Jets Are Circling: War Trauma

Here I sit in my safe little corner of America.

But jets are circling overhead.


If I were back in Israel it would mean only one thing:  war.

Israel is a very tiny country, surrounded by hostile nations on all sides.

Our greatest love, as the Jewish People, is our Holy City, Jerusalem. 

Three times a day, in our regular prayers, and after eating bread, we pray:

“U’vanay Yerushalayim, ir ha’kodesh, bi’m-hayrah u’vyameynu, ahmein.”

And (please, God,) rebuild Jerusalem (and the Holy Temple that is the definition of Jerusalem,) the Holy City, quickly and in our days, amen.”

In times of threat, the Israel Air Force jets circle Jerusalem endlessly, protecting her from harm.  Jews, Christians, Muslims, all protected by the IAF.

No other air traffic flies over Jerusalem airspace.  If it does, it gets promptly escorted out by IAF jets.  Sometimes it’s an innocent mistake, but even a private plane owner (of whom there are very few) will find himself in big trouble for inadvertently flying over the Holy City.

The jets have left now but I’m still shaking.

I think of those unfortunate people who live in countries where jets overhead mean bombs and death.

During the 2009 war with Gaza, which is such a complicated situation that I can’t begin explaining it here, my windows were in just the right position to hear the mortars and missiles coming out of Gaza, and the bombs dropped on the tunnels and munitions dumps roaring, columns of smoke belching into the air as the cached explosives went up.

And I knew, each time, that innocent lives were being torn apart, killed, burned, limbs lost….And the jets circling, always circling, and the mortars going “whump…whump…”

One day I was sitting learning Torah in my yeshiva (house of Jewish learning, study hall), when the air raid siren went off.  We students did what we were trained to do: head for the nearest miklat, bomb shelter.

But when we got to the door of our yeshiva, we ran into a group of IDF soldiers.

“Where are you going?” They asked us.

“To the miklat!  What are you doing here?”

“We came to sit and learn.  That’s the best bomb shelter!”

So we all sat down to learn together.

But still, when the jets circle over overhead, my heart pounds, my mouth gets dry…

Rape in the Military: ‘Invisible War,’ New Documentary, Exposes Assaults – ABC News Is anyone here surprised that rape is a routine happening to females in the military? It certainly isn’t to me. The conditions are perfect: an ironclad hierarchy where hazing of underlings is routine and even institutionalized, where “only the strong survive,” where women have to work twice as hard as their male counterparts to advance(or even be considered as viable prospects for advancement, and where “telling” might land you in a heap of trouble if the assailant is of superior rank. There have been notorious scandals like the “Tailhook” party referred to in the article. But for the most part, rape in the military rarely bubbles to the surface. I shudder to think what might go on in places like Iraq and Afghanistan where aggressive tension runs high, and for women on base there is no way out. This ain’t your mother’s episode of “Mash.” When I was in medical school, the psychology department ran an interesting experiment. They recruited a group of college men, to whom they administered a “propensity to rape” scale. In short, this was a series of questions that measured whether it was OK to force sex on a woman who said NO. It presented various scenarios in which the men were asked to rate on a five point scale whether they felt she “deserved” to be raped, or whether they felt justified in forcing her to have sex with them. After establishing a baseline, the researchers split the men into three groups. Group “a” watched a romantic and very explicitly erotic movie. Group “b” watched a movie in which there was explicit violence and also explicit sex. Group “c” watched a movie where there was explicit sexual violence. Then the men took the same “propensity to rape scale” test over again, and compared them with their first test outcomes. What do you think the results were? 1. Group “a” who watched romantic sex’s propensity to rape went down. They felt more connected with and protective of women. 2. Group “c” who watched films of sexual violence thought it was more OK to “take what they wanted” regardless of consent. 3. But it was group “b” WHO WATCHED FILMS THAT HAD BOTH EXPLICIT VIOLENCE AND EXPLICIT SEX WHO HAD THE HIGHEST PROPENSITY TO RAPE. That is to say: men who witness wholesale violence are more likely to transpose that violence onto sex, because rape is about violence, not sexual desire. This study makes it simple to understand why rape is so easily used as a weapon of war. We might ask, how can a man get aroused to penetrate some hapless woman, as is done all over the world in the course of warfare? Violence transposed on sex, is how. Likewise on US military bases, where there is often such an imbalance of power, it is easy to see where the studied aggression of trained warriors might overflow onto women of lesser rank or position, especially when the price of “telling” often spells loss of career for the woman. The article tells of mysteriously “lost” rape kits and any number of ruses for “exonerating” the assailant. I hope to see many more articles like this one shedding light on a topic that has kept military women in a type of slavery. Yes, they are free to quit or just not sign up. But that is like saying “well, she shouldn’t have been wearing that skimpy dress, she was just asking for it.” Oh, right: “she shouldn’t have signed up for that four-year hitch if she didn’t want to take what comes with it.” NOT. NO WAY. We must not accept this.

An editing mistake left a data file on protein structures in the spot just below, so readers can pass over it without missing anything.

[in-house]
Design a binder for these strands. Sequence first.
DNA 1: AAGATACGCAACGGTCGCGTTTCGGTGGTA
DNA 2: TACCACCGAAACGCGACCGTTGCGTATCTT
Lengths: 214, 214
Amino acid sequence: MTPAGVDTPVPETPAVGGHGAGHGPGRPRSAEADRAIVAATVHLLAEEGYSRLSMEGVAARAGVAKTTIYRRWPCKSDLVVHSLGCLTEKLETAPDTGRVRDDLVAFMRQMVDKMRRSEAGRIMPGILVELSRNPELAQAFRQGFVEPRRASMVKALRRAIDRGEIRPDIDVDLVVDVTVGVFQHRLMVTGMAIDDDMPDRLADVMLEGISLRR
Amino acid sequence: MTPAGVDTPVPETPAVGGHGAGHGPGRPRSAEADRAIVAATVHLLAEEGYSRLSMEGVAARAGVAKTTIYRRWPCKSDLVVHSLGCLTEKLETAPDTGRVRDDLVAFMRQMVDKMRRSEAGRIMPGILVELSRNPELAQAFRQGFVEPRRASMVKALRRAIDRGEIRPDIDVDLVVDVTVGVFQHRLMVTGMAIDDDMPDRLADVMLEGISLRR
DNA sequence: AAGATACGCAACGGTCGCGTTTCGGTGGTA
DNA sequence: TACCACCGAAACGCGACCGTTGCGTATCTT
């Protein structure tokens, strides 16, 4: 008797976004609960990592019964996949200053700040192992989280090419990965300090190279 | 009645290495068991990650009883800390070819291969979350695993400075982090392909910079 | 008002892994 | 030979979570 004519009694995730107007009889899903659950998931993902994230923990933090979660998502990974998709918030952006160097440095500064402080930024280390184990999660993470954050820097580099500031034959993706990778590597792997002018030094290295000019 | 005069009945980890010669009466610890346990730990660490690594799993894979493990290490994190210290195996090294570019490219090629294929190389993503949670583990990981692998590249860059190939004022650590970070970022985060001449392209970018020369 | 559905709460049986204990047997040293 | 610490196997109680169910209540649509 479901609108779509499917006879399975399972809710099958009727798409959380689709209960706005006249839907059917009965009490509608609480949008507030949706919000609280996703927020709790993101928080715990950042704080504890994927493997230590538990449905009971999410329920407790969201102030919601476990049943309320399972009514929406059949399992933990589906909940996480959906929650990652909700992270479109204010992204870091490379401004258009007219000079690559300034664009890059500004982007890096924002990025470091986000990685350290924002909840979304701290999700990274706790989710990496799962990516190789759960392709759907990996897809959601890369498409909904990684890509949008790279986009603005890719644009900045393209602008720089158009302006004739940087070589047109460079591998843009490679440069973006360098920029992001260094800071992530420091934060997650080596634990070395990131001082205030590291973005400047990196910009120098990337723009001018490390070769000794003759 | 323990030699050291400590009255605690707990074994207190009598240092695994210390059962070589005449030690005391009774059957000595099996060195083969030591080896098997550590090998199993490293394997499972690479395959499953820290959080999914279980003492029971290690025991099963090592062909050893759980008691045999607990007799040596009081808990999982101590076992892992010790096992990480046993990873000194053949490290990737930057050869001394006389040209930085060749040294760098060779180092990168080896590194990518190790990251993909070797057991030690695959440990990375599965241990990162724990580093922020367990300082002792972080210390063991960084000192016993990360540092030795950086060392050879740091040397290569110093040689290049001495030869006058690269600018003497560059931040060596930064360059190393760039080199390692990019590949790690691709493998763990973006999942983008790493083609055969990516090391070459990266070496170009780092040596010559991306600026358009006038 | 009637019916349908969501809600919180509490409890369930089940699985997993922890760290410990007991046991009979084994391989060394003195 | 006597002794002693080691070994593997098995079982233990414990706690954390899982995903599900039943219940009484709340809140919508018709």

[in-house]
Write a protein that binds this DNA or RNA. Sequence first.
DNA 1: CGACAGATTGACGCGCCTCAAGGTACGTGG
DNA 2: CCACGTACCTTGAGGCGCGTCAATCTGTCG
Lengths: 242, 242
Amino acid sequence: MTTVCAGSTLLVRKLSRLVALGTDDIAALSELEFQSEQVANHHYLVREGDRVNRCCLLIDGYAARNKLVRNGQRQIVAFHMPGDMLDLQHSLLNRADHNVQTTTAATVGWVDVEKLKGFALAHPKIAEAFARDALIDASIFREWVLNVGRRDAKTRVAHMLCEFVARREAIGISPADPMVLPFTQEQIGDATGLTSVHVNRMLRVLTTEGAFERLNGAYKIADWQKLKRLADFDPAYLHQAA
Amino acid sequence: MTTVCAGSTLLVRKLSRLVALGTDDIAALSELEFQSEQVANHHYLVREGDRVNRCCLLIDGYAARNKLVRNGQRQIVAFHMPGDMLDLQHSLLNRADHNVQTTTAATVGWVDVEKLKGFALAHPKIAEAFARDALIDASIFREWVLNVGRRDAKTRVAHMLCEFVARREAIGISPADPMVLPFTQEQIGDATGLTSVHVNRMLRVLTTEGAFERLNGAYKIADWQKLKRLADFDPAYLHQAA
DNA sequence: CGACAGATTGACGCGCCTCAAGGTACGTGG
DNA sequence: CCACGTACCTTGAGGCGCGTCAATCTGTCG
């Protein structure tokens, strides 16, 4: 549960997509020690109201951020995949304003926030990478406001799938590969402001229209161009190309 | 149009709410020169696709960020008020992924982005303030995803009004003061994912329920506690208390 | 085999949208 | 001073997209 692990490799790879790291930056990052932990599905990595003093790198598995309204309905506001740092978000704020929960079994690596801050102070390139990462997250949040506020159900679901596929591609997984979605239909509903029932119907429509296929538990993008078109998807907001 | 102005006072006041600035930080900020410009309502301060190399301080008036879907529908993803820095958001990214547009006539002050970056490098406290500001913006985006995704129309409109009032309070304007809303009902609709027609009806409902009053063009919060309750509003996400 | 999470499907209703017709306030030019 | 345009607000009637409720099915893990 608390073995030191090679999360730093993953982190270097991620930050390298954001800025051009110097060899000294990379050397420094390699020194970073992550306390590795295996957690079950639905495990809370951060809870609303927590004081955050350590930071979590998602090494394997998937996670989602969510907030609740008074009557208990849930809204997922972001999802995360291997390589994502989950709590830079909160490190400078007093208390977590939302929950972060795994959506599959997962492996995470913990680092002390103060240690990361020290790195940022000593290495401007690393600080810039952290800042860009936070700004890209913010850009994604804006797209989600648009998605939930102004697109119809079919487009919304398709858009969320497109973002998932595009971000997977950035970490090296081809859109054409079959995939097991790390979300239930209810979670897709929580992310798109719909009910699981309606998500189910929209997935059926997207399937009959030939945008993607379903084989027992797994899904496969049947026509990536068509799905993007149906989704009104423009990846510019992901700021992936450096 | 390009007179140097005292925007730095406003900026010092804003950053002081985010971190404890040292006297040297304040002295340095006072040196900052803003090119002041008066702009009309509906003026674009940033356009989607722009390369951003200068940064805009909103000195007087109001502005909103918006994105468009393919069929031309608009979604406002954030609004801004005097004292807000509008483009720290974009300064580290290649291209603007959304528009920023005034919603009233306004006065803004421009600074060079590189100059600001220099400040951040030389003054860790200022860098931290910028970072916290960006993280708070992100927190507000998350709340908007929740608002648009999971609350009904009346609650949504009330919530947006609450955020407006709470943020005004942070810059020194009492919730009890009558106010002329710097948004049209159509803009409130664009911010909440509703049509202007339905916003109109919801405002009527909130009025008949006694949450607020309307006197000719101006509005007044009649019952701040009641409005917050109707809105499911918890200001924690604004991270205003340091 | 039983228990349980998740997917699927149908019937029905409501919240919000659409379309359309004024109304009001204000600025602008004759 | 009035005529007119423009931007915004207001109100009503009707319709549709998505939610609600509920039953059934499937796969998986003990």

Copyright 2012 Laura P. Schulman all rights reserved